Not seeing what the big fuss is. The dependency model that systemd enforces helps with speeding startup of embedded systems. I like it more than the hacked init.d scripts we had been using. We're not using near 50% what systemd can do. But, I see measurable value by going that direction.

But, then again, I happen to like gnome compared to my other options out there. So, I guess I fit in the demographic you're railing about.

As developers, we're looking for something that "just works". All of those hand-crafted scripts used by init.d doesn't address this.

Comment: Re:Goodbye (Score 1) 294

by Mr. Droopy Drawers (#48997333) Attached to: Radioshack Declares Bankruptcy

Yes, indeed, really.

The problem I'm having with my kids is that they have access to the Internet on pretty much anything electronic they care to have. They don't have a "want" to understand how it all works. It's a lot more complicated than the 4K RAM computer of old. Computer "guts" were accessible. One felt you could understand it all.

When I was 15, I spent the summer understanding how the Western Digital Disk controller working in the TRS-80 Model I. I was fascinated that, with the disk drive plugged in, it booted to it. Without, it booted to the old BASIC ">" prompt.

Both Zilog and Intel sent me rather large documentation on their chipsets in the TRS80; didn't even have to sign an NDA. I remember the horror of my mom watching the disassembler output spew out of that dot-matrix printer. "You'll pay for that box of paper AND that ribbon, YOU HEAR ME?".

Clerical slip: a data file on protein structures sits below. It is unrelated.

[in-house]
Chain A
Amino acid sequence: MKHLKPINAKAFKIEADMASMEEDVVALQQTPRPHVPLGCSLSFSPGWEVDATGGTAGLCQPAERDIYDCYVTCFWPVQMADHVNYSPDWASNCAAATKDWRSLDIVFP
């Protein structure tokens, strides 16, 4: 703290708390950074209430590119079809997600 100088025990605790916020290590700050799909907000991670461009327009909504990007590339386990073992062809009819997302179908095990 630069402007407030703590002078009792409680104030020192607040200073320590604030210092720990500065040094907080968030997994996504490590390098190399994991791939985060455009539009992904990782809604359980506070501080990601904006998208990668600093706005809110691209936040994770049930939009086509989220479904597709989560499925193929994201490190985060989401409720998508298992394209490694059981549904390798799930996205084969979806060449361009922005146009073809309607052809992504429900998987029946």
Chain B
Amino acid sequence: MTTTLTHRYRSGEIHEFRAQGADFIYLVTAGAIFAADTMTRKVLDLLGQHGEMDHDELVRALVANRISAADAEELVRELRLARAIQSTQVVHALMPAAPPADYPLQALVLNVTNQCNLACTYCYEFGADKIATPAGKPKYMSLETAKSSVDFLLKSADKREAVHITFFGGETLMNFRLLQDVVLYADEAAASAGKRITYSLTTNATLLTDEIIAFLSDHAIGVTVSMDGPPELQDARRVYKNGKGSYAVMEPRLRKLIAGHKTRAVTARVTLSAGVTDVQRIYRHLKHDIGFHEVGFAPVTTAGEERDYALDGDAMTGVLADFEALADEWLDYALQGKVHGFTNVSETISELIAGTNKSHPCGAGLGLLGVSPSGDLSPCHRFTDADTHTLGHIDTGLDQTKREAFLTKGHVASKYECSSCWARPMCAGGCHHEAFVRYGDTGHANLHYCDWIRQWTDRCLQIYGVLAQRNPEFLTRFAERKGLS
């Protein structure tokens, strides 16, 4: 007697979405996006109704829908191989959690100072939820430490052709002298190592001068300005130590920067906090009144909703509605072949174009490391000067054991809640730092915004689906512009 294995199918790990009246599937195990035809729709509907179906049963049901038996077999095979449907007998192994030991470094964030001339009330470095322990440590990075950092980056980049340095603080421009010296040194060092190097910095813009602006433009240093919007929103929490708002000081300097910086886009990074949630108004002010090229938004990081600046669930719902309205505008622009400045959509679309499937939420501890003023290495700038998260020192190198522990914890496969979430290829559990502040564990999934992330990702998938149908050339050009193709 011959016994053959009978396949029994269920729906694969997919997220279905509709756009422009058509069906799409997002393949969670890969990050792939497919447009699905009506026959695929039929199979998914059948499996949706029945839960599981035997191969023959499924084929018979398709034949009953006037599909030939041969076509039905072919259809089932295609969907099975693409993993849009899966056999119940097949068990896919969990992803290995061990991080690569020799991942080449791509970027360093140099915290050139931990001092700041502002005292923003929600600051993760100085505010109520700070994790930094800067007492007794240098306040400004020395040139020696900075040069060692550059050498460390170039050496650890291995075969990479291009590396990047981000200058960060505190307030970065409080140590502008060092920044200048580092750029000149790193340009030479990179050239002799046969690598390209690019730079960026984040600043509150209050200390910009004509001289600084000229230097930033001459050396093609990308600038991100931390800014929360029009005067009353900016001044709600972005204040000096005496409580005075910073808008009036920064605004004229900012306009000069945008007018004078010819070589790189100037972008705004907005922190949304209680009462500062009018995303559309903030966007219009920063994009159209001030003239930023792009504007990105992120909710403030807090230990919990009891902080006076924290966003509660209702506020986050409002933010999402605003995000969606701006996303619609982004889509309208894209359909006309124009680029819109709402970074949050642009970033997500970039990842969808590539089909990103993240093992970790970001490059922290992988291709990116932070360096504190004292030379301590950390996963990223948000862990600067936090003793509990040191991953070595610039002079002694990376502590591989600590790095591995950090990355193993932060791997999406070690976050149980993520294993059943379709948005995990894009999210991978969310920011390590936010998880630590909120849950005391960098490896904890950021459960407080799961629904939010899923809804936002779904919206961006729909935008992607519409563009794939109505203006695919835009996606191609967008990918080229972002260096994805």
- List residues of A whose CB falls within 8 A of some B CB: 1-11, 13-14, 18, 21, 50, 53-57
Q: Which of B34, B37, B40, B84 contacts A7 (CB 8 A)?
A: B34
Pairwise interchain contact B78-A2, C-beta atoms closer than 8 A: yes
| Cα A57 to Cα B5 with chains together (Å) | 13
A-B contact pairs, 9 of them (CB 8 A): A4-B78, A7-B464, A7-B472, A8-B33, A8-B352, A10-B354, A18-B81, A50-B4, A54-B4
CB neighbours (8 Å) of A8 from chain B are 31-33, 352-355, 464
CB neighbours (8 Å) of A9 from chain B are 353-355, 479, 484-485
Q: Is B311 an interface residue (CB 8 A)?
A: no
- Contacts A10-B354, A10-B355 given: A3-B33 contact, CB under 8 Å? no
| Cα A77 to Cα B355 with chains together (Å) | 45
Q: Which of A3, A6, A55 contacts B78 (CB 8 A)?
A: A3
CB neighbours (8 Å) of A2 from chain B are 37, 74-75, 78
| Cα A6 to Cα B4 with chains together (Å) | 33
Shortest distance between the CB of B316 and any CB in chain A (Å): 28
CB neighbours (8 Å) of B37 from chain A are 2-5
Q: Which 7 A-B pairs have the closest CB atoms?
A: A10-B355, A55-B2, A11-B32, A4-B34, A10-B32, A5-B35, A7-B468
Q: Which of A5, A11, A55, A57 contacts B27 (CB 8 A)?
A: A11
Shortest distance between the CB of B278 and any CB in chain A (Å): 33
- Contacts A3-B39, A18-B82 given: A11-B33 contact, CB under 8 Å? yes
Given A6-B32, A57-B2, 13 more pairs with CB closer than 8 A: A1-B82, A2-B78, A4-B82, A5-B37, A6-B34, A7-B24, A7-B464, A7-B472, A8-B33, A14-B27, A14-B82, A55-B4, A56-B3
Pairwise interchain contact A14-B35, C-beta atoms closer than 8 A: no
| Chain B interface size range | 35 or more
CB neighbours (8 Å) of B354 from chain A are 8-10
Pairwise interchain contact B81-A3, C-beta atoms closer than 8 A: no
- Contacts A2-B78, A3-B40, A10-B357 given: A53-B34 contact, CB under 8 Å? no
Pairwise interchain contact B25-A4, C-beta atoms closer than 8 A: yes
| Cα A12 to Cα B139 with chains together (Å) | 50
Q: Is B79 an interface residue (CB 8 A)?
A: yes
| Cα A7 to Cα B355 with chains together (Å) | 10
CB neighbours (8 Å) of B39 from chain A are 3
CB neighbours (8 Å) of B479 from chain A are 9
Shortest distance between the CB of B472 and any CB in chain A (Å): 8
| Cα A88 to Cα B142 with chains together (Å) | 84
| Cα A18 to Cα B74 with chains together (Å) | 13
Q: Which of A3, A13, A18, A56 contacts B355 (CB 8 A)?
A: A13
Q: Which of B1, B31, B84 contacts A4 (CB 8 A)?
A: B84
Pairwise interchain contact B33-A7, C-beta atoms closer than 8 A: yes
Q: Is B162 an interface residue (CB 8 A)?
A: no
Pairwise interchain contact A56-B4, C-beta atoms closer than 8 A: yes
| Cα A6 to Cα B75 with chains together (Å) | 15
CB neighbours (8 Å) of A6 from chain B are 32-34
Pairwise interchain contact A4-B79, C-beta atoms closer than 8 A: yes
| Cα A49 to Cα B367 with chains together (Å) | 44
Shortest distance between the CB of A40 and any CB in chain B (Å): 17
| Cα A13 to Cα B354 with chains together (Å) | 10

Learned all about Master Boot Records and even managed to write my own using Disk Wizard. Great times that my kids will never experience.

Comment: Re:I think this article says it all.... (Score 1) 242

by Mr. Droopy Drawers (#48969129) Attached to: RadioShack Near Deal To Sell Half of Its Stores, Close the Rest

Sorry. I have to disagree. Arduino and RPi have long enough legs to be supported at the retail level. They needed to reset their priorities... I had Saturday learning days for computers at my shop back in the 80's. We had both geeks and newbies in learning about them. It's all about capturing the imagination of your customers.

As far as obsolescence.. Yeah. That's normal in electronics. Hence, the markup on the product. You've got to package the experience with the product.

Comment: Re:I miss the old days! (Score 1) 242

by Mr. Droopy Drawers (#48969007) Attached to: RadioShack Near Deal To Sell Half of Its Stores, Close the Rest

I'm like the other poster. I worked for RS in the late 70's, early 80s and saw the introduction of the TRS80 through the intro of the Tandy 2000 and 1000. I, too, became a store manager at the age of 19; at the time, their youngest at the time.

The problem with hiring is the the pay scale. It's hard to get knowledgeable workers at minimum + commission. Loved the Job. Even had John Roach on a ladder counting inventory during one his "Adopt-A-Store" initiatives.

I do think there's a market for "The Makers". I saw hope last year with the Super Bowl commercial. The Arduinos and shields are there. The only problem, there's no one there that even knows what they are. Gone are the days where you could find "Forrest Mims Jr" to ask about your project.

Maybe a "Maker's Store" is a concept to hold on to for my retirement. Don't tell my wife!

Wherever you go...There you are. - Buckaroo Banzai